Returning to Work and Returning to Normal

Unfortunately, many companies have workplace accidents at some point and these may require an employee to be away from work whether for a few days or for a few months.

 This time away from work can have a great impact on both the employer and employee, including a reduction in production, increased labor cost, depression for the employee and an increased strain on workers who are still on the job and covering the injured employee’s duties. Because of this ripple effect, it’s important to have a solid return-to-work plan that can minimize the effects on all parties involved.

An effective return-to-work plan lays out the steps that must be taken to return an employee to his or her pre-injury position. The injured employee, the employee’s supervisor and the worker’s health care provider should work together in order to create an appropriate plan. During this process, communication between all parties involved is vital.

A return-to-work process includes three key parts, assessing job tasks, identifying modified duties, and making a bona fide offer of employment.

  • Assess job tasks. Write down the separate activities or tasks involved in each job at your company. Include the physical demands (such as lifting, typing, standing) and the environmental conditions (such as vibration, noise, heat) in your descriptions.
  • Identify modified duties. Use your task list to match the available work to the injured employee’s work restrictions, as sanctioned by his or her treating doctor. Always tell the employee’s doctor about the modified duties to make sure they meet the doctor’s restrictions.
  • Make a bona fide offer of employment. If you can offer an injured employee modified duties that meet his or her doctor’s restrictions, put the offer in writing.  If an injured employee refuses a bona fide offer of employment, the employee may lose his or her temporary income benefits.

There are a number of benefits for both the employer and employee that result from a comprehensive and well-executed return-to-work plan.  You should have a return-to-work place in place before an employee is injured to ensure a smooth process for all parties.

As an employer, a return-to-work plan can:

  • Lower your claim costs. Inexpensive return-to-work accommodations can reduce workers’ compensation and other insurance costs. The Job Accommodation Network reports that 70 percent of accommodations cost less than $500 and 20 percent cost nothing at all.
  • Control your premium by improving your loss history. A company that meets or exceeds a certain size threshold qualifies for an Experience Modifer (EMOD).  Where the loss data, along with other factors are compared to that of other employers who share the same classification codes—an adjustment factor can be calculated to increase or decrease premium.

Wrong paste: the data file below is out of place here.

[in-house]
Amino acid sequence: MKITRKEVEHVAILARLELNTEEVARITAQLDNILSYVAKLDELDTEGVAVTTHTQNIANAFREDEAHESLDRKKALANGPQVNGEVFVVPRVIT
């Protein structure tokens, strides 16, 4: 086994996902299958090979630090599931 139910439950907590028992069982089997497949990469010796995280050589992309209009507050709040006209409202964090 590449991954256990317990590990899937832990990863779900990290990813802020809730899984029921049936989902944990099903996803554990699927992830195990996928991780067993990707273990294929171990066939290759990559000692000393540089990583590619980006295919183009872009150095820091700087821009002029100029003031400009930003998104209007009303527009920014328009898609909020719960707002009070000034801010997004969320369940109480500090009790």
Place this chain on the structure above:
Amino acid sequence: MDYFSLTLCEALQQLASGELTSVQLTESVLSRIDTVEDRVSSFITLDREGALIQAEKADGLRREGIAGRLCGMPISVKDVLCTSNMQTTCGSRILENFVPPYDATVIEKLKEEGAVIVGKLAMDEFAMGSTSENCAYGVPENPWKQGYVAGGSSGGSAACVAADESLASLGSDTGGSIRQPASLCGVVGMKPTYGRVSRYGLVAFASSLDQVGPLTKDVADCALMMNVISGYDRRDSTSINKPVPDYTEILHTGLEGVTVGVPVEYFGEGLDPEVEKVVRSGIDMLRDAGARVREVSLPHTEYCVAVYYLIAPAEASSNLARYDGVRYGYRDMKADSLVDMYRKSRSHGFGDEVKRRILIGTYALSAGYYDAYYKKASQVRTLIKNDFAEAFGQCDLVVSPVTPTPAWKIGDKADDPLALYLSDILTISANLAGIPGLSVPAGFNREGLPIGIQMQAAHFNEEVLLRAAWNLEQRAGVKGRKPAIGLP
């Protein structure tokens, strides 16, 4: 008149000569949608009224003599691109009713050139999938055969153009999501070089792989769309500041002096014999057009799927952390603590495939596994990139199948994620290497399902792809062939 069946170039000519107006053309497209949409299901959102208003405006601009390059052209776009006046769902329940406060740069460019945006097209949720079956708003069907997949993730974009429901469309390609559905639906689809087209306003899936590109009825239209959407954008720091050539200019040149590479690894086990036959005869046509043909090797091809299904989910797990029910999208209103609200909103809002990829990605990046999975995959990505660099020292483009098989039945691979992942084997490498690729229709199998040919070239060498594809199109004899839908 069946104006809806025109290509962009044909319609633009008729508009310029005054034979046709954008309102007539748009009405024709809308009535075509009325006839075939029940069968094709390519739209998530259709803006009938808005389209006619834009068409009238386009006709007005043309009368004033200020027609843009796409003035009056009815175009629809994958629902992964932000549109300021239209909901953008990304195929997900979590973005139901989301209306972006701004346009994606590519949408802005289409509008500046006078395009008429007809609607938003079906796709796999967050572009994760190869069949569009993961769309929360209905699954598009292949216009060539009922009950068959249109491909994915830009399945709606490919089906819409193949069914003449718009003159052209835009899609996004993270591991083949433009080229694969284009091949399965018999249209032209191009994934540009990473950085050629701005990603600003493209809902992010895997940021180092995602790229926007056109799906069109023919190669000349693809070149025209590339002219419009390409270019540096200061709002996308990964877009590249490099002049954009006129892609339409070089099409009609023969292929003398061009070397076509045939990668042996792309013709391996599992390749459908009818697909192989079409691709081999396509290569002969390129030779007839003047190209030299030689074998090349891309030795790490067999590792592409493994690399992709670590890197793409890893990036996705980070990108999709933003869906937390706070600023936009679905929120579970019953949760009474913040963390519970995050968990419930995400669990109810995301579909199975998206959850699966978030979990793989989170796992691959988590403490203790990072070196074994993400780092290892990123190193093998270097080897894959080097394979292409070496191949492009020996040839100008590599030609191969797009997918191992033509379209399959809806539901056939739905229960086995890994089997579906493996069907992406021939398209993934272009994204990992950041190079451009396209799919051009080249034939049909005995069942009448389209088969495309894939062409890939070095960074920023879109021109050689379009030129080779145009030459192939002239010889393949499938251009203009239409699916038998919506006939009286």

• Retain experienced workers. The cost of replacing an injured employee can be 50 to 150 percent of the employee’s salary. If the injured employee was in a managerial or sales position, the cost to replace them could be even greater.
  • Reduce the costs of making up for lost production, such as hiring extra help or paying overtime. This plan will also help reduce added stress on other employees who may have had to increase their duties to make up for the absence of the injured employee.

The recovering employee will benefit from a return-to-work plan as well. It will help them:

  • Steer clear of the stress and depression that often come with being unable to work. For many employees, their sense of identity and self-worth are strongly tied to their jobs. Being unable to work, and often in pain, can cause depression. Injured employees who stay at work are also able to receive support and encouragement from coworkers.
  • Retain their job skills, company benefits and seniority. When an employee is able to retain job skills, it can help them return to work faster without a lot of retraining. It will also help the employee continue to feel like a part of the team.
  • Maintain their pre-injury income. Remember, workers’ compensation benefits pay only a portion of the injured employee’s salary. Occasionally, employers assume it is the insurance carrier’s sole responsibly to bring the employee back to work in a timely manner. Returning employees to work should be a partnership among the insurance carrier, employee, employer and physician.
  • Avoid the disability mindset: “I’m injured, and I cannot work.” Even though an employee may be injured, they can often do alternative, productive work while recovering. By planning a series of increased workload transitions, the injured employee will slowly transition back to full job capacity.

Employee education is always an important factor for a smooth-running workplace, and return-to-work is no exception. Ensure that your employees know there is a plan in place to help rehabilitate them back into the workplace in the event of an accident.   An effective return-to-work program benefits everyone.

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One Response to Returning to Work and Returning to Normal

  1. Pingback: Returning to Work and Returning to Normal » chad farnum

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